God was finally arrested on the Lower East Side. They found him at his apartment smoking crystal meth. He was huddled in a corner, shaking, and refused to answer questions.
        He had taken his favorite form—a long haired vagrant, whose five o' clock shadow sideburns poured vacuously into a scraggly beard which hung down the front of his chest, tickling the ribcage through his red flannel shirt. The first things the two officers of the New York Police Department Drug Enforcement Division noticed were the week old stains and burn holes on the shirt and his shaky hands. Apparently God liked to nod out and would forget to extinguish his cigarettes. His hands were shaking because the officers were employing the classic tactic of dealing with criminals by screaming at them.
        "Where are the drugs!" the officers had wanted to know. God was surely reluctant to supply the answer. The concept of answering that question must have seemed like handing the bullets to one's own executioner. Later, the police report indicated, the cops found his meth stash above the bathroom toilet behind a ceiling tile they pushed up while investigating the place. At the moment of arrest, however, God was huddled in a corner with a single light bulb, encrusted with burnt crystal meth—not enough of the drug to make any charge stick for long. He was afraid, nonetheless, and shook spastically as the police department kicked down his door, clutching his thin arms in a panic. He responded to direct questions by babbling a queer form of glossolalia, conveying no meaning—the police attempted to decipher this and wrote everything down in a little notebook.
        After a screaming fit, God's anxiety subsided somewhat, the calm of a lamb being led to the slaughter. Placidly, he asked the members of the police department to move closer to him, referring to them as "my children." He maneuvered to offer something to his guests—the officers were on alert to receive an attempt of bribery—but were conceded only a hit from the crystal meth pipe. They refused.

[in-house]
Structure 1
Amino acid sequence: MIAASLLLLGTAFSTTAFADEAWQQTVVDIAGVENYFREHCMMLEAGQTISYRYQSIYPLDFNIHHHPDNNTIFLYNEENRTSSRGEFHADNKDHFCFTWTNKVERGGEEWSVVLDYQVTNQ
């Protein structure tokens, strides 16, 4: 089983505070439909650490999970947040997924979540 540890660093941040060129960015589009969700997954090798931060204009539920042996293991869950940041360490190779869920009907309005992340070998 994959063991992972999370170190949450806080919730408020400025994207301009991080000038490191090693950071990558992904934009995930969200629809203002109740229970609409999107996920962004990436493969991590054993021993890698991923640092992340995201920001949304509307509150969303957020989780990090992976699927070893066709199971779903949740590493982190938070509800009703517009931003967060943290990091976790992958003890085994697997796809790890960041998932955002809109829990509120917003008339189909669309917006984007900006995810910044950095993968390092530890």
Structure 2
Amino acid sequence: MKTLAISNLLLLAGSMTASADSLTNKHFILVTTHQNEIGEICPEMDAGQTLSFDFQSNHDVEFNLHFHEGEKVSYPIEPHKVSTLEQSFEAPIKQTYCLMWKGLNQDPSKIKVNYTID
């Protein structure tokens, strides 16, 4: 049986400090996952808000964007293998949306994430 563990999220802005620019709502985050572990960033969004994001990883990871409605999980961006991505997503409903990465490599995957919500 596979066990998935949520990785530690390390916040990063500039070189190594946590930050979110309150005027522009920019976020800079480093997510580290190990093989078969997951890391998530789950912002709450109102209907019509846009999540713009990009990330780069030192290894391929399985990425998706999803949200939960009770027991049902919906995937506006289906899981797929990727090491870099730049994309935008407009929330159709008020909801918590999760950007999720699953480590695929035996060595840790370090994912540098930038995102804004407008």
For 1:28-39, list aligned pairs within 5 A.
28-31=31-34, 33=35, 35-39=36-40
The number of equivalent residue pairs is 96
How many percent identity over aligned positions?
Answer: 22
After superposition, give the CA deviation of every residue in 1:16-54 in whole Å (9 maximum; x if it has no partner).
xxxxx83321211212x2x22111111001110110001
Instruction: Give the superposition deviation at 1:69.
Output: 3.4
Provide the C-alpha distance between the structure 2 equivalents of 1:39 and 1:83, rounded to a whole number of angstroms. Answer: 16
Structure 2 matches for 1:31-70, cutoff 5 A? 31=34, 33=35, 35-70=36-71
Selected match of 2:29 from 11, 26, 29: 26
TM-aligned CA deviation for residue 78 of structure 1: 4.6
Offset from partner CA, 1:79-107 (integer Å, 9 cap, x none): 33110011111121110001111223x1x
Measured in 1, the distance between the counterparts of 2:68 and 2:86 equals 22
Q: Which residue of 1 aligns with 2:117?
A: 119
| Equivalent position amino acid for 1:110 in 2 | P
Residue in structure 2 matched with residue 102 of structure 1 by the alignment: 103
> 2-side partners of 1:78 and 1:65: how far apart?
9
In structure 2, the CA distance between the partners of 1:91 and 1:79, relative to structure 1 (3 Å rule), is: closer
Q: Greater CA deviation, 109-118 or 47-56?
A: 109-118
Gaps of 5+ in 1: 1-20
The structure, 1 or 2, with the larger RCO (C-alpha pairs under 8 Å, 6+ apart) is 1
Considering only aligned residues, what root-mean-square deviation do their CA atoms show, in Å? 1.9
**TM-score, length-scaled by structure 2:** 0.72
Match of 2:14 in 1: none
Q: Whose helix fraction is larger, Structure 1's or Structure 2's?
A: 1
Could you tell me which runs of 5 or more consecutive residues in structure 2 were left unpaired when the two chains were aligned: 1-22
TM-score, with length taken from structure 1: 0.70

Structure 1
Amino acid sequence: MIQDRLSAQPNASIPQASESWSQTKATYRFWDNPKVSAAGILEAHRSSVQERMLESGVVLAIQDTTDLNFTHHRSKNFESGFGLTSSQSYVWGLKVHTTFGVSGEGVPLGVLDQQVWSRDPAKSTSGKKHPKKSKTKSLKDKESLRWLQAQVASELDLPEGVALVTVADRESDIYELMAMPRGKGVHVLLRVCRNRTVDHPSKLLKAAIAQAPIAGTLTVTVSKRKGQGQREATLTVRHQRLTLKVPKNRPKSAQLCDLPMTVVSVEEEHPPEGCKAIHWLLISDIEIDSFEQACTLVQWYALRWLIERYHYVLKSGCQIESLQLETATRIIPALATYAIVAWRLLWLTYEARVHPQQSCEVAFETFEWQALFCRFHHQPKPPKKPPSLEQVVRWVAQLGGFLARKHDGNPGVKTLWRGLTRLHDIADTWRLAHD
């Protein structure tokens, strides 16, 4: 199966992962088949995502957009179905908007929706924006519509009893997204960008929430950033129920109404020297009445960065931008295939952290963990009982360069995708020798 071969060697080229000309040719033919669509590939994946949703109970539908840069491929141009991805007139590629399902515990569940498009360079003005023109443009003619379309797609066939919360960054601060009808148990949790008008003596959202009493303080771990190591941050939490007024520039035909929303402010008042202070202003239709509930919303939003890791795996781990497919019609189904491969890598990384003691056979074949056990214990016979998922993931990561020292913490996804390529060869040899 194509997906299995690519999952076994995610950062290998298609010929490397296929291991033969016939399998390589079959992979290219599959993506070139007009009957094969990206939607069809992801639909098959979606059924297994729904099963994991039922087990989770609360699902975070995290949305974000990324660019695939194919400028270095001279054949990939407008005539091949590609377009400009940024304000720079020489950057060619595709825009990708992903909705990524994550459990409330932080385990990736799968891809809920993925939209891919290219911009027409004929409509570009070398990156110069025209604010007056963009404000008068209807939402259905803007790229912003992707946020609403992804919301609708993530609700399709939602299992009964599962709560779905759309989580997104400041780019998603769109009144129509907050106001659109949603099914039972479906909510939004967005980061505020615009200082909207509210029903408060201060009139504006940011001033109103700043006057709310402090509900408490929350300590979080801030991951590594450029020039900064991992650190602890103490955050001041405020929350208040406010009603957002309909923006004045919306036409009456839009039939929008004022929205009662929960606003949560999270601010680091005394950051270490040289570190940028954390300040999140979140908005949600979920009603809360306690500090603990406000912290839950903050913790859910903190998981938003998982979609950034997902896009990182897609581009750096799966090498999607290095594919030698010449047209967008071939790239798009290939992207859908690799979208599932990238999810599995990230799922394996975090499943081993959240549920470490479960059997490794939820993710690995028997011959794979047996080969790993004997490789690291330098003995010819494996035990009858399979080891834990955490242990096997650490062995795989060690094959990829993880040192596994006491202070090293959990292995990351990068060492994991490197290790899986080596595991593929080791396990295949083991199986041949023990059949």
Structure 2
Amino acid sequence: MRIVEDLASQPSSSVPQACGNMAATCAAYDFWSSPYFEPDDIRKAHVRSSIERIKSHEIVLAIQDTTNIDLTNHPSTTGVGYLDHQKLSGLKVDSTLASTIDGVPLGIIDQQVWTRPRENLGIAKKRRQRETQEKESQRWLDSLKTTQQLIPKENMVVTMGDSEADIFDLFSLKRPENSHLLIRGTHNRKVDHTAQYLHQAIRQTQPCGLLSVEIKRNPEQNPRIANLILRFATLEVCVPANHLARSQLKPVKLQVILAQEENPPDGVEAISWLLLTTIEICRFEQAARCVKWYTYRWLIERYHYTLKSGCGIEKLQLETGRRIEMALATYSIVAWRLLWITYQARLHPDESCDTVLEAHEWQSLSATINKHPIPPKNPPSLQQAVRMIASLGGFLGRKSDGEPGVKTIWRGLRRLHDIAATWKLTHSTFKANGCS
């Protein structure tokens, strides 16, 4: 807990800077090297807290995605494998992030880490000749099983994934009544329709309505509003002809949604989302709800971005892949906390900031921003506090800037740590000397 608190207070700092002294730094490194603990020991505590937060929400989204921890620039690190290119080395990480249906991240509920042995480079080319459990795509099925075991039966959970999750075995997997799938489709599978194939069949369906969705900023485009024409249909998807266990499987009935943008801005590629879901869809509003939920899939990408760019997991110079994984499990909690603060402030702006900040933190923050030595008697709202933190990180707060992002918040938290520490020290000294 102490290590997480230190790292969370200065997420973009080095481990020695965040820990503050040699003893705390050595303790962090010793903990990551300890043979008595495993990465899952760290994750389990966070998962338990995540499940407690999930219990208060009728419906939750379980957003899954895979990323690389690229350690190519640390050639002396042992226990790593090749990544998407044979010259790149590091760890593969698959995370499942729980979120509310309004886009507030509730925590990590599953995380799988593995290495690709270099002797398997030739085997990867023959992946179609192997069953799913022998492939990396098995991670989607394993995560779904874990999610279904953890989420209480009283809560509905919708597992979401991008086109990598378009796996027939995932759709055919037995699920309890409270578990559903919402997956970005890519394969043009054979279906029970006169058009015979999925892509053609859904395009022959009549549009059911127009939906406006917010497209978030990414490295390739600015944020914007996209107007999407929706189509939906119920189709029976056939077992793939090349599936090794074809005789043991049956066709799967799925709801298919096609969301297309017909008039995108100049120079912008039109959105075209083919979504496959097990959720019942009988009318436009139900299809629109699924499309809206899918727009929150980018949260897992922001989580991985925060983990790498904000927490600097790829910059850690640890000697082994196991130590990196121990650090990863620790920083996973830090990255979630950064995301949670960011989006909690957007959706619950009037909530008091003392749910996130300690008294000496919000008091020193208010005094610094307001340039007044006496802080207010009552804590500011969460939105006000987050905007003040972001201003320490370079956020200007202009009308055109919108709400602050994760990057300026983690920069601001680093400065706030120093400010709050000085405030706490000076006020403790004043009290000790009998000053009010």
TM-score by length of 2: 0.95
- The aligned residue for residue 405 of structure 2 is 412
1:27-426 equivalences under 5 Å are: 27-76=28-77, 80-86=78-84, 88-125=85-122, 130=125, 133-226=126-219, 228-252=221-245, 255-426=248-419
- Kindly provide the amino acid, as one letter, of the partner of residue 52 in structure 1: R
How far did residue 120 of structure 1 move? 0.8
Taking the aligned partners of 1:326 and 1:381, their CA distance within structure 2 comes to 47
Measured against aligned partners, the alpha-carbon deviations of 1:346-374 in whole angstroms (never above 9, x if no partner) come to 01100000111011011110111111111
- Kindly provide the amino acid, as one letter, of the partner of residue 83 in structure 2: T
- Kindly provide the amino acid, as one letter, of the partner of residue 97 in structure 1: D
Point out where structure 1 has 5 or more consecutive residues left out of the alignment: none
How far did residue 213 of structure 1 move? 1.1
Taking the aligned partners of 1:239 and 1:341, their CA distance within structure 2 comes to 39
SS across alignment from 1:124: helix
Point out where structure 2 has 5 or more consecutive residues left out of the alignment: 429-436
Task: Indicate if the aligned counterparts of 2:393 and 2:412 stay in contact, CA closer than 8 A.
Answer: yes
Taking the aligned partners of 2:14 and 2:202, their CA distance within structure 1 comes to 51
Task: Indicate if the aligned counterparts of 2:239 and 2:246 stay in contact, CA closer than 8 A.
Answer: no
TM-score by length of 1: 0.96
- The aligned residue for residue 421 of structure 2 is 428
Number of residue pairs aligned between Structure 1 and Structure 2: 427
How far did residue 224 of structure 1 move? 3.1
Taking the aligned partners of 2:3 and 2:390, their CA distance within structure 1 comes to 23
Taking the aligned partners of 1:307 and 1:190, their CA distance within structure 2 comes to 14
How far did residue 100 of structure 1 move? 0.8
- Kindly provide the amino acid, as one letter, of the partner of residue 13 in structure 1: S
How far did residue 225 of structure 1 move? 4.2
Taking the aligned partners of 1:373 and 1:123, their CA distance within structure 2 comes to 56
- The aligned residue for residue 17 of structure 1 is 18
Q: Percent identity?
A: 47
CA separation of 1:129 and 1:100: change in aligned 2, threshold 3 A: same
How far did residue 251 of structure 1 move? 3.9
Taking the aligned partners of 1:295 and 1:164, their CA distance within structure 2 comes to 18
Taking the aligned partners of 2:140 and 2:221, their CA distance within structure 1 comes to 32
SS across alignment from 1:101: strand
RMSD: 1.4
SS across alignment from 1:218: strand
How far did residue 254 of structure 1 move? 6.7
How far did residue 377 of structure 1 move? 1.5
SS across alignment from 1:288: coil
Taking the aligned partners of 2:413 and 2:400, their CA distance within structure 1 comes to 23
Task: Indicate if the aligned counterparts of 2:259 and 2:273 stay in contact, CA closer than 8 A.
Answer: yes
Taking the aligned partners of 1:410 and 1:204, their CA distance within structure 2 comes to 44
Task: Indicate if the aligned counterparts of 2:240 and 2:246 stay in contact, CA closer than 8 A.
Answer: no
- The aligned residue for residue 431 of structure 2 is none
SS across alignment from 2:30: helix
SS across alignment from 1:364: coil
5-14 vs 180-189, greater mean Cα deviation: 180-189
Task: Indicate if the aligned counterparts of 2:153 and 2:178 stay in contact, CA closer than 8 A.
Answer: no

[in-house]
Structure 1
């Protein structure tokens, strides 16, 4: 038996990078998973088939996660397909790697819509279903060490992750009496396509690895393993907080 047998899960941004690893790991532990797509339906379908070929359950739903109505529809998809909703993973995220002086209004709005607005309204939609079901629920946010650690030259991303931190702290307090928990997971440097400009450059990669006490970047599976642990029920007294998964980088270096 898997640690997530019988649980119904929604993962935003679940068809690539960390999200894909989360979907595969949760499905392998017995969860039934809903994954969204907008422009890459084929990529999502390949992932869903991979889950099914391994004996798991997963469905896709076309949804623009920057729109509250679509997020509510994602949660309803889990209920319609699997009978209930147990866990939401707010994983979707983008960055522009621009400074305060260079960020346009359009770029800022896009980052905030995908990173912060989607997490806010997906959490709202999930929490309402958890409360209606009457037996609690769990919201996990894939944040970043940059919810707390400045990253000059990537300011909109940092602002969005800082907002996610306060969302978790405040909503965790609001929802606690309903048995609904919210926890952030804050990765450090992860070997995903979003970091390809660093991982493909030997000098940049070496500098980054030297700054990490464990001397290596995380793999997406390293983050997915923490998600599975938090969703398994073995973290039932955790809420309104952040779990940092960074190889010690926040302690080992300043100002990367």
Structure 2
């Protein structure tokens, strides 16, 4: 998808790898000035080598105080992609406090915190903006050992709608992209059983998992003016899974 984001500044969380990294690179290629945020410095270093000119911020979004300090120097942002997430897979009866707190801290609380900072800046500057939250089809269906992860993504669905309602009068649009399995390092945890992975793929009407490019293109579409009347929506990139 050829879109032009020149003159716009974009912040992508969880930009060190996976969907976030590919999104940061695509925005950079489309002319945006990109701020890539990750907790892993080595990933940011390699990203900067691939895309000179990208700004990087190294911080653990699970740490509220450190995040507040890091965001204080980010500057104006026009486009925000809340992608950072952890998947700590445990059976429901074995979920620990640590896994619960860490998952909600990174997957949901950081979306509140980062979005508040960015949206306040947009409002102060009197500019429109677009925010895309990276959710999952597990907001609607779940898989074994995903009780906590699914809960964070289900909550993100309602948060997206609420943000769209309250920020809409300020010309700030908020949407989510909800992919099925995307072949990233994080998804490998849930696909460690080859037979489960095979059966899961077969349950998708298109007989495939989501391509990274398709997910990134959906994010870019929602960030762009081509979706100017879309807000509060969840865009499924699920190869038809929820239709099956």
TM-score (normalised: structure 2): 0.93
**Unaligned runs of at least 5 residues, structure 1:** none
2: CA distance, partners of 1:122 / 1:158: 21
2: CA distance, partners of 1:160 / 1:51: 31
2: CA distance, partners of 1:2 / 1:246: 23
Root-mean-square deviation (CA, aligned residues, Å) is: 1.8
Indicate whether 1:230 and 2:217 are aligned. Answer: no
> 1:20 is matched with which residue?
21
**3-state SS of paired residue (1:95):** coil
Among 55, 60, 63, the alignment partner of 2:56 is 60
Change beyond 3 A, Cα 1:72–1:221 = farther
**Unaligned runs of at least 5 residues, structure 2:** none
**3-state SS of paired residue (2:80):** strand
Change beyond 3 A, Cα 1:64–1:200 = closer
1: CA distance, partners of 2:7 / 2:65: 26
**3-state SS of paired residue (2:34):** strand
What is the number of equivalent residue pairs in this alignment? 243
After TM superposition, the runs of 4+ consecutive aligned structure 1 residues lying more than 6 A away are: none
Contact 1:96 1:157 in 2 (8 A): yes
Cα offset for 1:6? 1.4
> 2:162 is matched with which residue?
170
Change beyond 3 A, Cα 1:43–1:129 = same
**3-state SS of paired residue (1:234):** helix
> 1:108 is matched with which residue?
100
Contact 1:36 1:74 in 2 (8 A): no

According to psychiatric tests conducted at the 5th Precinct station, the accused is burdened with a bizarre type of Freudian complex, bordering on schizophrenia; he lives under the illusion that those around him are in fact his offspring—that he, through some type of mystical sexual prowess, has immaculately impregnated all the women of New York and is now acting as a kind of deadbeat father figure for the community. He admitted to the impossibility of being able to effectively care for this number of progeny, although he seemed honestly surprised that child services hadn't caught up with him already, demanding that he pay excessive sums of money a man in his economic position couldn't possibly afford. After he was determined not to be a significant danger to himself or those around him, the subject was given some Thorazine and brought to a holding cell.
        God told me all of this as we shivered under the caustic morning light leaking in through the windows of the concrete cell. His tone was undisturbed; almost as if the break in and the arrest were things which had happened to someone else.
        Really, it was only a matter of time before someone arrested God. He didn't exactly carry himself as a wallflower; his long hair, which he often forgot to comb, hung down and symphonized visually with bedraggled brown corduroys, rainwater soiled Doc Martens. He had been reported frequently for loitering on a corner in Greenwich Village, causing what is described in police files as a public disturbance. What this amounts to in laymen's terms is caterwauling in a disorganized fashion at business men and tourists. The most common topic of his street corner rants was damnation; the human race was ruining itself, through the proliferation of plastic chain stores and daytime TV—the people, he said, had lost their humanity through the 21st century sins of starting wars over oil reserves, talking on cell phones while driving. When God grew especially impassioned, he would howl that he would personally destroy the tumorous growth of our society in a rain of fire, or a catastrophic flood—this bitter twist would occur most often after he had made it through most of a pint of Wild Turkey. At this point, God was liable to lash out at the closest passerby, his apocalyptic diatribe growing harsher, raindrops of spittle launching themselves from the corners of his mouth—eventually, his angry words collapsed into absolute glossolalia, unintelligible and alien. There's only so long something like that can go on before the offender is brought in for questioning.
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